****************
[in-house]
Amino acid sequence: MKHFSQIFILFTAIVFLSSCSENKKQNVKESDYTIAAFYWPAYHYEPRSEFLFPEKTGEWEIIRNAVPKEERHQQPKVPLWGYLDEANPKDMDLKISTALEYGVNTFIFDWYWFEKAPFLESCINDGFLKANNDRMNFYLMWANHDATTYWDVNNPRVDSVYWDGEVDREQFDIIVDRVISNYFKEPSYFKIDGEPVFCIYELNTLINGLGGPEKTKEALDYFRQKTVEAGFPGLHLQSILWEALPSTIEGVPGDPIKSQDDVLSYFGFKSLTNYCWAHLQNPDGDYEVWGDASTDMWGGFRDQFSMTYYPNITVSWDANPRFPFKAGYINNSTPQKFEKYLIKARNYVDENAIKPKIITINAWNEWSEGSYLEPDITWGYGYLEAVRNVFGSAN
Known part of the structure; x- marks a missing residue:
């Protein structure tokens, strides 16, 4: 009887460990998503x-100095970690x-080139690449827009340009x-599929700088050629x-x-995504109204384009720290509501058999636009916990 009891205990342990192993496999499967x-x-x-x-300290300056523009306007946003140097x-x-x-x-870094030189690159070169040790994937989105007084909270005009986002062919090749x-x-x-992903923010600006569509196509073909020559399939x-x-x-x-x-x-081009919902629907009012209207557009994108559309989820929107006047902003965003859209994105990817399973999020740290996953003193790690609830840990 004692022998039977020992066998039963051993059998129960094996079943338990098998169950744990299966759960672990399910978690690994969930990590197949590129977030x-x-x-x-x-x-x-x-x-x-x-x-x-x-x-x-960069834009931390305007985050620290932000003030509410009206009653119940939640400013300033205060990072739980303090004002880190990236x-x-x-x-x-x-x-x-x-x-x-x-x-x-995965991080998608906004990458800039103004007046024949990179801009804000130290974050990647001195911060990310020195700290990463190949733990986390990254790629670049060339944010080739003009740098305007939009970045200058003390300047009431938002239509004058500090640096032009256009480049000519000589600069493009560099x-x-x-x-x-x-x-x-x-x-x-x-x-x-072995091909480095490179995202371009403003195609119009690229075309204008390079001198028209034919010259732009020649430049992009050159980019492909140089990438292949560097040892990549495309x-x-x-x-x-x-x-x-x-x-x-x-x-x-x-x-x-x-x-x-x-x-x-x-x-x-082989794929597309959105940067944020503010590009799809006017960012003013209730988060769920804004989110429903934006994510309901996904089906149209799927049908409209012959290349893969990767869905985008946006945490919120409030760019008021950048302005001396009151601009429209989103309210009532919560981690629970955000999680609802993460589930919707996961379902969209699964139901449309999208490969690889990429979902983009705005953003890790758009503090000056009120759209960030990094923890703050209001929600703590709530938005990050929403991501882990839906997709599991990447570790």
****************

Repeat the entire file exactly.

[in-house]
Amino acid sequence: MKHFSQIFILFTAIVFLSSCSENKKQNVKESDYTIAAFYWPAYHYEPRSEFLFPEKTGEWEIIRNAVPKEERHQQPKVPLWGYLDEANPKDMDLKISTALEYGVNTFIFDWYWFEKAPFLESCINDGFLKANNDRMNFYLMWANHDATTYWDVNNPRVDSVYWDGEVDREQFDIIVDRVISNYFKEPSYFKIDGEPVFCIYELNTLINGLGGPEKTKEALDYFRQKTVEAGFPGLHLQSILWEALPSTIEGVPGDPIKSQDDVLSYFGFKSLTNYCWAHLQNPDGDYEVWGDASTDMWGGFRDQFSMTYYPNITVSWDANPRFPFKAGYINNSTPQKFEKYLIKARNYVDENAIKPKIITINAWNEWSEGSYLEPDITWGYGYLEAVRNVFGSAN
Known part of the structure; x- marks a missing residue:
């Protein structure tokens, strides 16, 4: 009887460990998503x-100095970690x-080139690449827009340009x-599929700088050629x-x-995504109204384009720290509501058999636009916990 009891205990342990192993496999499967x-x-x-x-300290300056523009306007946003140097x-x-x-x-870094030189690159070169040790994937989105007084909270005009986002062919090749x-x-x-992903923010600006569509196509073909020559399939x-x-x-x-x-x-081009919902629907009012209207557009994108559309989820929107006047902003965003859209994105990817399973999020740290996953003193790690609830840990 004692022998039977020992066998039963051993059998129960094996079943338990098998169950744990299966759960672990399910978690690994969930990590197949590129977030x-x-x-x-x-x-x-x-x-x-x-x-x-x-x-x-960069834009931390305007985050620290932000003030509410009206009653119940939640400013300033205060990072739980303090004002880190990236x-x-x-x-x-x-x-x-x-x-x-x-x-x-995965991080998608906004990458800039103004007046024949990179801009804000130290974050990647001195911060990310020195700290990463190949733990986390990254790629670049060339944010080739003009740098305007939009970045200058003390300047009431938002239509004058500090640096032009256009480049000519000589600069493009560099x-x-x-x-x-x-x-x-x-x-x-x-x-x-072995091909480095490179995202371009403003195609119009690229075309204008390079001198028209034919010259732009020649430049992009050159980019492909140089990438292949560097040892990549495309x-x-x-x-x-x-x-x-x-x-x-x-x-x-x-x-x-x-x-x-x-x-x-x-x-x-082989794929597309959105940067944020503010590009799809006017960012003013209730988060769920804004989110429903934006994510309901996904089906149209799927049908409209012959290349893969990767869905985008946006945490919120409030760019008021950048302005001396009151601009429209989103309210009532919560981690629970955000999680609802993460589930919707996961379902969209699964139901449309999208490969690889990429979902983009705005953003890790758009503090000056009120759209960030990094923890703050209001929600703590709530938005990050929403991501882990839906997709599991990447570790």